For the past few weeks we have been working hard to prepare our farm for growth. We started a 15 week master beef class, met with a few more farmers, had someone come out a check out the health of our pasture, and spent countless hours reading and researching. As new farmers this has all been a little overwhelming. There is always “something else to consider”, a phrase I have heard more in the past 6 months than I have in my entire life. No two farms are the same and trying to navigate through the differences can be difficult.
What has helped us the most is knowing that ultimately we have to do what is best for our farm and our animals even if that is a little different than our neighbors farm. I am a visual and tactile learner so what works best for me is visiting a farm, helping with farm chores and being there for vet visits. I encourage you to find a local farm and learn from them as they work with and care for their animals. Pay attention to the structures and setup of their land. Observe the tools and equipment needed for the farm. Most importantly, ask ALL the questions. A great question to ask is “What do you wish you would have known or done differently before you started?” Then look at your farm and decided how you can apply what you have learned. Invite one of those farmers to come out and give you some advice on your land. We have had several people visit our farm and give us ideas. Some of those we used and some we didn’t. We walk our property several times a week looking at different ways to set up rotating pasture, where to put the working chute, how to layout the barn, emergency preparedness plans, and so much more. Our local farmers have been tremendously helpful during this process and continue to give us something else to consider.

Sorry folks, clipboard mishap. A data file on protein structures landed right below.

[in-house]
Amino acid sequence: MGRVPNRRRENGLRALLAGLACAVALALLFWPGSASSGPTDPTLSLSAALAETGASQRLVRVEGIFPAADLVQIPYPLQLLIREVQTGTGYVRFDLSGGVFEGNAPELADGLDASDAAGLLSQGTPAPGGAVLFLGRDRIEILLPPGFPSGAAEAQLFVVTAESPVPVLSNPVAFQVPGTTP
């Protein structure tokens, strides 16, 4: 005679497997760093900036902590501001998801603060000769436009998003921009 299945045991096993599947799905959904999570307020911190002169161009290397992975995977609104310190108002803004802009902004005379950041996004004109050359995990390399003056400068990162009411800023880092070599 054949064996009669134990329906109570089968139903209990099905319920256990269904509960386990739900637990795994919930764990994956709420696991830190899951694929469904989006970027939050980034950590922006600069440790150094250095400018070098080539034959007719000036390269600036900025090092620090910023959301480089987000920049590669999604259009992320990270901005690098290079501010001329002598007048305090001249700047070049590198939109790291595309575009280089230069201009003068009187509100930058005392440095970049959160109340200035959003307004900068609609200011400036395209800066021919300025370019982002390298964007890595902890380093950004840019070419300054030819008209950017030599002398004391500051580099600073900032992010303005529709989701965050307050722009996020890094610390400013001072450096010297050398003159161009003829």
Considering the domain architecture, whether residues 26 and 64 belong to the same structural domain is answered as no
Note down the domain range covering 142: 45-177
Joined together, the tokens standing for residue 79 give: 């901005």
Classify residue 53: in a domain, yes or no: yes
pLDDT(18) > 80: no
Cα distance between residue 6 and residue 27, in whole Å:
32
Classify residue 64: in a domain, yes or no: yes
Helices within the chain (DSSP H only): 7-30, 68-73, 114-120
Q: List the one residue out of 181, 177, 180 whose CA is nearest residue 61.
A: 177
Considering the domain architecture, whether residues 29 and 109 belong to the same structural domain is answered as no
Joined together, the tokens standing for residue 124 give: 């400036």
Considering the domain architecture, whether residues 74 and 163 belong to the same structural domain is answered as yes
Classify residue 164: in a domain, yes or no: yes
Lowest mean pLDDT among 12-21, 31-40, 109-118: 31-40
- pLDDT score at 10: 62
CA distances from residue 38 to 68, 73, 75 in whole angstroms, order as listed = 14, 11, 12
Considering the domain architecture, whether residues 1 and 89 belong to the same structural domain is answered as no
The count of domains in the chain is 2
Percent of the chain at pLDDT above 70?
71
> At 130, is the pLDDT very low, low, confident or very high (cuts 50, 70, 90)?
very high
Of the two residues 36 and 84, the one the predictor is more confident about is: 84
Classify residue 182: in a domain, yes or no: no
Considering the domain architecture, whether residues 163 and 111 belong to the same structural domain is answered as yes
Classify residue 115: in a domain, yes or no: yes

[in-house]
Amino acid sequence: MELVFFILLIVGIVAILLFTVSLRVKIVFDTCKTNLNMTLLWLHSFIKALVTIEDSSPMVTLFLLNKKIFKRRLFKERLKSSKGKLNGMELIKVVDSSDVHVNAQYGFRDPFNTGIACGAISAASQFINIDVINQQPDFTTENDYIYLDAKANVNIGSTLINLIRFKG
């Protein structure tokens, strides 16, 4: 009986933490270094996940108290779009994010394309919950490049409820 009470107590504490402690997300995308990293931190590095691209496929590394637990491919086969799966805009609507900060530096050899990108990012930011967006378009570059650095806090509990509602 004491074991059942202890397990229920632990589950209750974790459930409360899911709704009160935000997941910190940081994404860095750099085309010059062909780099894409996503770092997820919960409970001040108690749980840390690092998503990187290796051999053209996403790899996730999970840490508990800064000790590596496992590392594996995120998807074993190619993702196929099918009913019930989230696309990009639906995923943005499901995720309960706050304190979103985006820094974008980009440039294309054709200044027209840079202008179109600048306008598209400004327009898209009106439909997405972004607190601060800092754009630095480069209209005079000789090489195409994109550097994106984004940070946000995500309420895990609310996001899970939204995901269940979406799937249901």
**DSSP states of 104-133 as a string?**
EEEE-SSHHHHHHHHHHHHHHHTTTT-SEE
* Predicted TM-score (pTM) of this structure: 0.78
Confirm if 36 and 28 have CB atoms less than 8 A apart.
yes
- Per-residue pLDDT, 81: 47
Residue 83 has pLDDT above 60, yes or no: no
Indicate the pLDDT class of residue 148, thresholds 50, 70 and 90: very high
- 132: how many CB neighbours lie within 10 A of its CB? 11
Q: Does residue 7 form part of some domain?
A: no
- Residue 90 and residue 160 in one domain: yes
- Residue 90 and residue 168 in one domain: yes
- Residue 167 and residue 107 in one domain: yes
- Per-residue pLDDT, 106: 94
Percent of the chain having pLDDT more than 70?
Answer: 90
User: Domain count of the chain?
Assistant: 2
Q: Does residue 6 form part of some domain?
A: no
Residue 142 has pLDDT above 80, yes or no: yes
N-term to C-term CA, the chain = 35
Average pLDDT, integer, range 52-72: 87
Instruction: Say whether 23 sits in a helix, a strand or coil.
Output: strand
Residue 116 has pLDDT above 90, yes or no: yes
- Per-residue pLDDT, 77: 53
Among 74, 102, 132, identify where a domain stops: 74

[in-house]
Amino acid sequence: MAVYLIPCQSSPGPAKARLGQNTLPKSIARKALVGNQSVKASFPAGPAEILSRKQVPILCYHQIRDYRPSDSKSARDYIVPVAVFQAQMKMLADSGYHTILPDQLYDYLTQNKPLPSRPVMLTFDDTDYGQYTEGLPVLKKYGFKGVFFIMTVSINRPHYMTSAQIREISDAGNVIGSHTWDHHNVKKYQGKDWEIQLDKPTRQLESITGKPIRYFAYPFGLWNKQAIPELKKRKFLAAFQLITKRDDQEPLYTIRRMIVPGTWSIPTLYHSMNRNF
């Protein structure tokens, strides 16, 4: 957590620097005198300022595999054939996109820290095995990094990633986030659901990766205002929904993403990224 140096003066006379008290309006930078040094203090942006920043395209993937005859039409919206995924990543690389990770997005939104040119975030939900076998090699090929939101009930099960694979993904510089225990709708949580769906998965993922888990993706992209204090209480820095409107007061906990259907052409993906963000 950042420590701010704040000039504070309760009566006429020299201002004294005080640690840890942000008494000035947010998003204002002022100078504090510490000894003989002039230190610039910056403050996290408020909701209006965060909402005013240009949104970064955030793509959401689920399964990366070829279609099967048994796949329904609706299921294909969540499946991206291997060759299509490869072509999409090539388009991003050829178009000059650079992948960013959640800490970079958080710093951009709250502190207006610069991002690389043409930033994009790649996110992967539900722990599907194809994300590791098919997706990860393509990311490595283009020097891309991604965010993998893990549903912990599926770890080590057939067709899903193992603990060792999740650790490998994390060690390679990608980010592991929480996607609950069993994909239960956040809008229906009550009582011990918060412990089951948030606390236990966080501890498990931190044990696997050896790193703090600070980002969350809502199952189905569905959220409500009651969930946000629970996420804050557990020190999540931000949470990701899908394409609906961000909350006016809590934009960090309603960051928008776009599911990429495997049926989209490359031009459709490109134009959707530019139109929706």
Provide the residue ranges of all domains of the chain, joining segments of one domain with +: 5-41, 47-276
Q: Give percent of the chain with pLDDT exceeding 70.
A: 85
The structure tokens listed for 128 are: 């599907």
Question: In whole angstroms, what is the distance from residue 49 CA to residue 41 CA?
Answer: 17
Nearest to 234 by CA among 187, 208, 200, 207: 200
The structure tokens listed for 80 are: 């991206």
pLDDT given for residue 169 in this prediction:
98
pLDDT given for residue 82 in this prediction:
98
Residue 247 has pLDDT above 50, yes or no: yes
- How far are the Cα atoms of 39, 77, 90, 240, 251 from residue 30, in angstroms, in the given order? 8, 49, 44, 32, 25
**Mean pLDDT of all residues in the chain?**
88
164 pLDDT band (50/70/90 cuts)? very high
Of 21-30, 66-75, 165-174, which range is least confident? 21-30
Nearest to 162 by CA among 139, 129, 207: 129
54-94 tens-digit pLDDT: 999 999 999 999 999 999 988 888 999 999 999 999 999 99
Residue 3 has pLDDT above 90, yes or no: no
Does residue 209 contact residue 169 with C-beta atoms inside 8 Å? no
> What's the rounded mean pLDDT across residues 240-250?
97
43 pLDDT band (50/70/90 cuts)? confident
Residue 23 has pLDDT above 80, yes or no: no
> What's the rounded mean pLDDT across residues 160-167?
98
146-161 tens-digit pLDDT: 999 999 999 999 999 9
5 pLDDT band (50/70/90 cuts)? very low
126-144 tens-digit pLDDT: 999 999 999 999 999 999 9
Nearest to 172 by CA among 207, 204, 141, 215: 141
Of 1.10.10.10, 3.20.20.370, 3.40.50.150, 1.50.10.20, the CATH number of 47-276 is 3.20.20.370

We want nothing more than to provide a safe and healthy environment for all our animals. Keeping this in mind helps us focus on the basic needs first and then work towards the rest. Food, water, safety, and shelter are vital to an animals well-being. Have a plan in place for that and you are off to a tremendous start. Start to build relationships with your neighbors and local farmers. You may not have farming neighbors but they can still be a great help.
I wanted to include a list of resources we have found to be very helpful:
1. Local Famers
Welcome to the Farm- hands down the book I go to most often! Saturated with great info and recipes!
The Encyclopedia of Country Living - large book that we feel every farmer should have!
Backyard Homestead Guide to Raising Farm Animals- in my humble opinion this is a great book that showcases the different animals and the care they need!
Keeping a Family Cow- I just purchased this book and I have heard such great things about it so I had to share it.
Farm Anatomy- I just love this book so much! It is so fun and cute, also great to have on hand for younger kids!
3. Local Ag/Farm Programs
Go to your states Department of Agriculture website, Tennessee has a great site with a ton of resources and information available!
Find local ag-based organizations and get connected to farmers in your area. Again, local farmers are your best resource!
5. YouTube Channels